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Printed Date: 9/22/2015
Ambulance providers are required by federal regulations (Code of Federal Regulations, §410.40, Coverage of Ambulance Services) to obtain a physician certification statement (PCS) from the attending physician for non-emergency ambulance trips (scheduled or non-scheduled) before submitting a claim to Medicare. A PCS is required in advance for non-emergency scheduled or repetitive ambulance services. The date on the PCS can be no more than 60 days prior to the date the ambulance transportation occurs.
The information on the PCS is used to help establish the medical necessity for the ambulance transportation, although it is not the only criterion. Under Medicare guidelines, ambulance transportation must be medically necessary and reasonable. Medical necessity is established when the patient’s condition is such that use of any other method of transportation is contraindicated, meaning transportation by other means would endanger the individual’s health. Vague and general information is of little or no value. Past medical conditions may contribute to the need for the ambulance transportation but are not sufficient alone to justify that transport. Detailed information specific to the patient at the time the ambulance was ordered or the transport was furnished is needed to determine the medical necessity.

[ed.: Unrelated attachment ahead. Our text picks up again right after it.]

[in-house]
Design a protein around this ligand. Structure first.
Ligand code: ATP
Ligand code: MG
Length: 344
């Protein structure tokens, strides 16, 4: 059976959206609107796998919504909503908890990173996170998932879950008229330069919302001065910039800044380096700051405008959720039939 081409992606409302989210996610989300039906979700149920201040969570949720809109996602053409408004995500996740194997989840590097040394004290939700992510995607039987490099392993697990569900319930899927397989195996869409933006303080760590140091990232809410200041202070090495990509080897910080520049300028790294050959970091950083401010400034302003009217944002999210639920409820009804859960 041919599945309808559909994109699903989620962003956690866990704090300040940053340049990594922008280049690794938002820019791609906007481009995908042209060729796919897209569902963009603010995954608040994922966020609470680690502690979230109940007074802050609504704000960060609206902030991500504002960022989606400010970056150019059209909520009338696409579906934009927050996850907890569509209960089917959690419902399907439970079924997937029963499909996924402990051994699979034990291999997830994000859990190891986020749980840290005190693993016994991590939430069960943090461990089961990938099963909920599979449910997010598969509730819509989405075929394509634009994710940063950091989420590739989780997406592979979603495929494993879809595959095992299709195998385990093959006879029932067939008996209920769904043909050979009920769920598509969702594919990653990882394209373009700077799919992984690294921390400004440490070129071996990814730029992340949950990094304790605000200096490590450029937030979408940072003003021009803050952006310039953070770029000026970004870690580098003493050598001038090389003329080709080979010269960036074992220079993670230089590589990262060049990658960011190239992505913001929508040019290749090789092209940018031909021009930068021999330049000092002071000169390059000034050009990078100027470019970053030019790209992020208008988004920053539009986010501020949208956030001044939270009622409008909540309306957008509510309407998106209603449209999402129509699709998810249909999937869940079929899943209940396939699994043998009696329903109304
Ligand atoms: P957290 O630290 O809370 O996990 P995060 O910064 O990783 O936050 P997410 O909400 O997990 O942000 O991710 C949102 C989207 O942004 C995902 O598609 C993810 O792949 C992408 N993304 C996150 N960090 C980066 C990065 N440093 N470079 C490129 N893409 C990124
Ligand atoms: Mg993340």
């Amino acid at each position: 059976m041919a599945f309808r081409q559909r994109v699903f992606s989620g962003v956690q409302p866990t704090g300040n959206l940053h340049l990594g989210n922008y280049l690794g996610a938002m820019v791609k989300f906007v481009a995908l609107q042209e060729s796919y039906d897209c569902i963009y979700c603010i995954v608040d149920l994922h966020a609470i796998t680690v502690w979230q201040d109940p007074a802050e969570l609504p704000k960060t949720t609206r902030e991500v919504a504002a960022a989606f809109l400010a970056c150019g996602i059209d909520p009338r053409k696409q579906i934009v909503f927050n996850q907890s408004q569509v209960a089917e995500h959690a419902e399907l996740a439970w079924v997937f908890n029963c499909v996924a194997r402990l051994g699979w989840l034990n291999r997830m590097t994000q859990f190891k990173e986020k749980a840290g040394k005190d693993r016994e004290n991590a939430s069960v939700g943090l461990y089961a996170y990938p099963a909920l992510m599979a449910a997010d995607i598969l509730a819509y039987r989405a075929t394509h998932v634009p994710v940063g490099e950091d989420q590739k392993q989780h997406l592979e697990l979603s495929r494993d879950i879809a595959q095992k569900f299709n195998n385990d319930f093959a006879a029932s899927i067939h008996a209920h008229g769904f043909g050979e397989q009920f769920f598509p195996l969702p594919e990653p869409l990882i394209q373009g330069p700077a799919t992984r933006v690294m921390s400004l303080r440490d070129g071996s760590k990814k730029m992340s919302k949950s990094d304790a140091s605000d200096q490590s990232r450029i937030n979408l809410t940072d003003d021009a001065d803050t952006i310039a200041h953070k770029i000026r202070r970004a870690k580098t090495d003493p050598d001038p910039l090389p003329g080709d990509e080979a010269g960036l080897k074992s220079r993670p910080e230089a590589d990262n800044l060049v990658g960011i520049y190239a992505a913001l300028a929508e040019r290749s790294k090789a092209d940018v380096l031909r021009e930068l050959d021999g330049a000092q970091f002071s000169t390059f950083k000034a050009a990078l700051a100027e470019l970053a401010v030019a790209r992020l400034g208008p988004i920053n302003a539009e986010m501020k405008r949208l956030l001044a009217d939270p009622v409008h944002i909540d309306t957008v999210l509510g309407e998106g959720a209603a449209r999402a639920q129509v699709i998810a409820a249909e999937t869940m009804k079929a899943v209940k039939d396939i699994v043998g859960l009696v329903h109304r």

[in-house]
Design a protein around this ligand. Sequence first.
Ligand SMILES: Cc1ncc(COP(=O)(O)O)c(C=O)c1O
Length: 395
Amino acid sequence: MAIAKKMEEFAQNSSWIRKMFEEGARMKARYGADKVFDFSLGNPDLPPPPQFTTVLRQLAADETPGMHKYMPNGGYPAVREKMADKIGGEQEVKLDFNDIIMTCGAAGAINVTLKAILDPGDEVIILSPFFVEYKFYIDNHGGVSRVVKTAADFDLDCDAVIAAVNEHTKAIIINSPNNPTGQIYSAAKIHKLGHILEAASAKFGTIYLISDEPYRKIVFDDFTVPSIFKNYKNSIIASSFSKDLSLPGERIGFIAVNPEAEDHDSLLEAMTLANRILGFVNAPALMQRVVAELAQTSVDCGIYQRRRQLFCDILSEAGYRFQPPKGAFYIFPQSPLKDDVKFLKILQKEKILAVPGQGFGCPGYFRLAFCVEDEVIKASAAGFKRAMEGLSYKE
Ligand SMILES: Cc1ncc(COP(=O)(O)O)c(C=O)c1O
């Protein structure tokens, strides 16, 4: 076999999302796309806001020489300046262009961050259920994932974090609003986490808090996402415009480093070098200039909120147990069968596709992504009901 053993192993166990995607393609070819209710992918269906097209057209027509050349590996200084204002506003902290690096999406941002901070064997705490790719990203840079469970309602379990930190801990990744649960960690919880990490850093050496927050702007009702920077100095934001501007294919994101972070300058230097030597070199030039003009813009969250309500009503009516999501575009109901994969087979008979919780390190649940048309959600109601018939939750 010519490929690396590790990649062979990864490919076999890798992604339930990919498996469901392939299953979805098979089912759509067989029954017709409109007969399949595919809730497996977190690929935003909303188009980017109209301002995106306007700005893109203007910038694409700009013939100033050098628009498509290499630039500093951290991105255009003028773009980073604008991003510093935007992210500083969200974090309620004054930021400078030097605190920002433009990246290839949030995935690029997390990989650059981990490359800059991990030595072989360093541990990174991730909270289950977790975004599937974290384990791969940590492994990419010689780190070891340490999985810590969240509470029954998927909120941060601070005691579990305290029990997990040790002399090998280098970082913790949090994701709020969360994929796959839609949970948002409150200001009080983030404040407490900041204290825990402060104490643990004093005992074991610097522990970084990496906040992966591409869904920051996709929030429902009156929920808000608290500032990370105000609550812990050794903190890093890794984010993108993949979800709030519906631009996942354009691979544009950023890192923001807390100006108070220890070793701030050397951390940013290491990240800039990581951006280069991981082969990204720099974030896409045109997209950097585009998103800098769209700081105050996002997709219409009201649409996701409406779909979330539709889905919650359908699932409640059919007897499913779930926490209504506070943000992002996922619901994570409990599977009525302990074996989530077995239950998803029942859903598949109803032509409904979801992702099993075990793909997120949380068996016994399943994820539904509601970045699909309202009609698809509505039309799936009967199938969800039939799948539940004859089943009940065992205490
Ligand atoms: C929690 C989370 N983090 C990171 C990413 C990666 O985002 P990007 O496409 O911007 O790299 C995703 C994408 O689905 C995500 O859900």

What is a Physician Certification Statement?
The Physician Certification Statement (PCS) is the written order certifying the medical necessity of non-emergency ambulance transports.
What information must be on the PCS?
Who may sign the PCS for all other non-emergent transports?
What else should you know about the PCS?
When is a PCS required?
May be obtained up to 48 hours after the service is furnished. If unable to obtain PCS within 21 calendar days following date of transport, document attempts to obtain the PCS, then submit claim.
Acceptable documentation includes a signed return receipt from the U.S. Postal Service or other similar commercial service demonstrating delivery of the letter as evidence of the attempt to obtain the PCS.
Refer to the text of this article for more information.
(Acceptable documentation includes a signed return receipt from the U.S. Postal Service or other similar commercial service demonstrating delivery of the letter as evidence of the attempt to obtain the PCS.)
In all cases, the ambulance supplier must keep appropriate documentation and present it upon request. If upon request, the medical record does not contain a valid PCS or documentation of the attempt to obtain it, the ambulance service will be denied. The presence of the signed certification statement or signed returned receipt does not alone demonstrate that the ambulance transport was medically necessary. All other program criteria must be met in order for payment to be made.
Proof of Mailing When a PCS Cannot be Obtained
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Last Updated: 05/23/2018